PARIS, France — Valentino’s backstage moodboards are a whole production number, crossing time and space to produce a philosophical and psychological profile of a collection. Consider Pierpaolo Piccioli’s latest. There was a portrait by Lorenzo Lotto, who, in the 16th century, controversially focused on the inner life of his male subjects, rather than their power or social standing. There was Adam Ant, all dolled up as a king of the wild frontier in the 1980s. There were a lot of Duane Michals photos, poetic portraits of pretty young men, alongside pictures of classical busts. And there was Robert Smith, lolling in a huge goth-y cloud of hair. “I don’t think a strong man today has to be powerful,” said Piccioli. “You can show your fragility and femininity.”
And so it was with the collection. If the inspiration was complex, the execution was relatively simple: two silhouettes, one with coats and trackies, the other with jackets and skinny trousers, both elegantly lean. The colour palette was uniformly dark – black, grey, blue – with six outbreaks of co-ordinated colour. The music was the low, somnolent croon of David Sylvian, proclaimed “the most beautiful man in the world” during the 80s heyday of his band Japan. It was definitely the soundtrack of a romantic, moody soul.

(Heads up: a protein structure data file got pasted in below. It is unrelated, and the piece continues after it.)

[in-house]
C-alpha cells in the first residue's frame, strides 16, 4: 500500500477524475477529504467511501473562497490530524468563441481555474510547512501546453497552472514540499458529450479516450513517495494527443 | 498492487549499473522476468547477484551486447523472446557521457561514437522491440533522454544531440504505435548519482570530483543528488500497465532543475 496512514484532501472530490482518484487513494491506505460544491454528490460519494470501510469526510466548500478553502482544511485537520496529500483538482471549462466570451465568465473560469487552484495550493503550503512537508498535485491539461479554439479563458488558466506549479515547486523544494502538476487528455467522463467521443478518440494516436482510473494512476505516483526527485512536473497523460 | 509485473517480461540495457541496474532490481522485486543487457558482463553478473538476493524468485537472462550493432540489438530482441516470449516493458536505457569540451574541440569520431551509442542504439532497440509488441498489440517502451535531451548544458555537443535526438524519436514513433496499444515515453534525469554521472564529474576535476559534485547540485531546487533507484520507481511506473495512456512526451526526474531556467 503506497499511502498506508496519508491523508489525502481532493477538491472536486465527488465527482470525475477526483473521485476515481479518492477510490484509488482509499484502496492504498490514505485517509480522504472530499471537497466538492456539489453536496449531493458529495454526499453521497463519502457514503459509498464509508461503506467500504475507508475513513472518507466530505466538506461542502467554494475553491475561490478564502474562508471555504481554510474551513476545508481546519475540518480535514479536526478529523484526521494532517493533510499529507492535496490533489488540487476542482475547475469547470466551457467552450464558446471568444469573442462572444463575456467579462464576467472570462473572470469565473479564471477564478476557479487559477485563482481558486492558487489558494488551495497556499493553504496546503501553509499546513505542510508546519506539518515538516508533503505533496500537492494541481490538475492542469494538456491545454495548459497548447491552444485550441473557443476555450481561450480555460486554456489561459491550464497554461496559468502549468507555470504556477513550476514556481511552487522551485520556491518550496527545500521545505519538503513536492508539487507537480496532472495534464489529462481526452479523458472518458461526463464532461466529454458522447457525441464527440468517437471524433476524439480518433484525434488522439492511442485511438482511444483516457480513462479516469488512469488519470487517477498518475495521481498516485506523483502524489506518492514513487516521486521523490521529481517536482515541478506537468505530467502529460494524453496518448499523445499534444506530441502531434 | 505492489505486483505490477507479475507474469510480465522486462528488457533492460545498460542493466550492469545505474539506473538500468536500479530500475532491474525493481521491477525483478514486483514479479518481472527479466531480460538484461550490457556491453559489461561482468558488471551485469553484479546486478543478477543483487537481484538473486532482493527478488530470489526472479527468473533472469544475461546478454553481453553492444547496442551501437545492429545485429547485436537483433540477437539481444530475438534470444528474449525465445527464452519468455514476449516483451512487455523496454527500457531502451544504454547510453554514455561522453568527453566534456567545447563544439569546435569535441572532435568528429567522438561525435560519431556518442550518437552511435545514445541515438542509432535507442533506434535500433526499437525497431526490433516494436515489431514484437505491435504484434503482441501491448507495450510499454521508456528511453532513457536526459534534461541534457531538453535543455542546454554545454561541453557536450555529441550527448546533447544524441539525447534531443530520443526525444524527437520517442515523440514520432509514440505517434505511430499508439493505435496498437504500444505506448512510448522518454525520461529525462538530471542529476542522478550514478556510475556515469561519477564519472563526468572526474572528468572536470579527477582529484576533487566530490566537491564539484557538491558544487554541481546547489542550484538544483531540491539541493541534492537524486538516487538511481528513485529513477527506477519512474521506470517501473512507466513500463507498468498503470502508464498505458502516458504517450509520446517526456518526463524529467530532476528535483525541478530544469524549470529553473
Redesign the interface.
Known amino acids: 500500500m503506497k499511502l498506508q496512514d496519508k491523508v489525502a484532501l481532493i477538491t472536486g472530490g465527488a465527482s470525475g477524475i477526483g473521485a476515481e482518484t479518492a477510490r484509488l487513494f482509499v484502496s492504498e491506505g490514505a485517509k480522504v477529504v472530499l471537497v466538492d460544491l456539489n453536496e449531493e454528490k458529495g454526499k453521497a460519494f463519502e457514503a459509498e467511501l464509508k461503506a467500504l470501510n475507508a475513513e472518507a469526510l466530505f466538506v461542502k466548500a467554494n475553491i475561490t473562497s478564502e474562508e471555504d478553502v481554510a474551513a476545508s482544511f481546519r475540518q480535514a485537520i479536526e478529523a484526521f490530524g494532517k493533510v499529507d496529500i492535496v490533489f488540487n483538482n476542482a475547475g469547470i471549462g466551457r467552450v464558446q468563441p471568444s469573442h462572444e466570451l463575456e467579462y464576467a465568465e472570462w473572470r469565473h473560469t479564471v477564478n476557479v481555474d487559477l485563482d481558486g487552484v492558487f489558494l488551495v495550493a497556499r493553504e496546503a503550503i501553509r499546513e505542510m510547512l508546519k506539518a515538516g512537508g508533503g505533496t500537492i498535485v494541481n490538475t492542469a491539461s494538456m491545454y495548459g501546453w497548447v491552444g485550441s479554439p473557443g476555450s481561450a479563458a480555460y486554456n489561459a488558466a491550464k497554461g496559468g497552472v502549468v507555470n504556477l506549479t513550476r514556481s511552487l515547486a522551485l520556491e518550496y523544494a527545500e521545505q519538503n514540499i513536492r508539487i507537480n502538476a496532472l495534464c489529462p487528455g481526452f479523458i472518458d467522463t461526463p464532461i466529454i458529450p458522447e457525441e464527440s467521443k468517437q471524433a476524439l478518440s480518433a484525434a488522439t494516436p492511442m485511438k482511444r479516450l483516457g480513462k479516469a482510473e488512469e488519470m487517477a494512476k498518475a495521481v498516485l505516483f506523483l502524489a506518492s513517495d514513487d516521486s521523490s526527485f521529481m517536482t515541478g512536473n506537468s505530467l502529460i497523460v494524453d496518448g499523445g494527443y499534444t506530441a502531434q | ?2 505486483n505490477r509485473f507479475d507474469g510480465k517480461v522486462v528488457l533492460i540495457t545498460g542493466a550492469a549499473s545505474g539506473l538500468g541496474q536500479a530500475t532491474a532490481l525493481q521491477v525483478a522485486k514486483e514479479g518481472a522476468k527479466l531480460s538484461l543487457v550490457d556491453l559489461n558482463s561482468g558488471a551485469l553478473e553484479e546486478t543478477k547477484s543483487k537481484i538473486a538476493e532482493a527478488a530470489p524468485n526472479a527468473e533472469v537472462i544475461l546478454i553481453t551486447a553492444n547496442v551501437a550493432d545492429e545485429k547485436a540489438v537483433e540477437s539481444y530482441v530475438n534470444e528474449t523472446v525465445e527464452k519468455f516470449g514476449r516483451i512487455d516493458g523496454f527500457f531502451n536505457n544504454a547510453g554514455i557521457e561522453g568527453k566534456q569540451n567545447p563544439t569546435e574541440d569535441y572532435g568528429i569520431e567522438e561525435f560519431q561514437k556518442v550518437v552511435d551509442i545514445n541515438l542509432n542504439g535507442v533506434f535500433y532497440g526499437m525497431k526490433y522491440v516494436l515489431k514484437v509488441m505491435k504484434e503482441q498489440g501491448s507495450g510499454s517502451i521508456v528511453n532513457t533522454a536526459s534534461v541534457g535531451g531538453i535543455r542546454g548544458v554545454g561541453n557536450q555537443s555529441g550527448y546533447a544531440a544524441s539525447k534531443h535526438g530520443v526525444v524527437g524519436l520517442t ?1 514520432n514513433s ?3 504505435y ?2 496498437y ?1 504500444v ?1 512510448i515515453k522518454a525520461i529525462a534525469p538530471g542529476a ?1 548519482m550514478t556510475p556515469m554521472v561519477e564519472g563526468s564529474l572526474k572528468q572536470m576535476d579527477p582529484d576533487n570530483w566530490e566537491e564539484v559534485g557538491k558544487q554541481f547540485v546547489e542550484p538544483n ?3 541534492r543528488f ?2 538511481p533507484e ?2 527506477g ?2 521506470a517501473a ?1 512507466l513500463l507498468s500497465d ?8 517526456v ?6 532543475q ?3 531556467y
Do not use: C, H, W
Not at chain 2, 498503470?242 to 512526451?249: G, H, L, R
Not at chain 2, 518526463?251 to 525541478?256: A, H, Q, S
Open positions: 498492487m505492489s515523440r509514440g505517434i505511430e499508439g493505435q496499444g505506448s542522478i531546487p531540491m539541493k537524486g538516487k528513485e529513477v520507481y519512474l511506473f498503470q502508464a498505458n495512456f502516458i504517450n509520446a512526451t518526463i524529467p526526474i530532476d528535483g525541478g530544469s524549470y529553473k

The atmosphere wasn’t remotely cut-loose, but the curious appeal of Valentino has always been its restraint, its chasteness. Piccioli claimed the way to change a man’s wardrobe wasn’t through revolution, which he wouldn’t relate to. Instead, the designer felt it was better to make the extraordinary ordinary. Take, for instance, an elongated double cashmere coat, intarsia-ed with a dragon or a tiger from an old couture collection (just think about what’s in those archives) and paired with trackpants and classic white sneakers. Piccioli decorated some coats with studs. The studs may be a new house signature, but these looked lethal. That seemed more about making the ordinary extraordinary, but he insisted he was thinking about kids in London customizing granddad’s old coat. Some models wore makeup, others wore beads. The randomness was part of the message. “It’s not about gender, not about sex,” said Piccioli. “It’s about the freedom to be exactly who you are.” But if freedom was a place, I would expect more colour and energy. Maybe that’s coming next.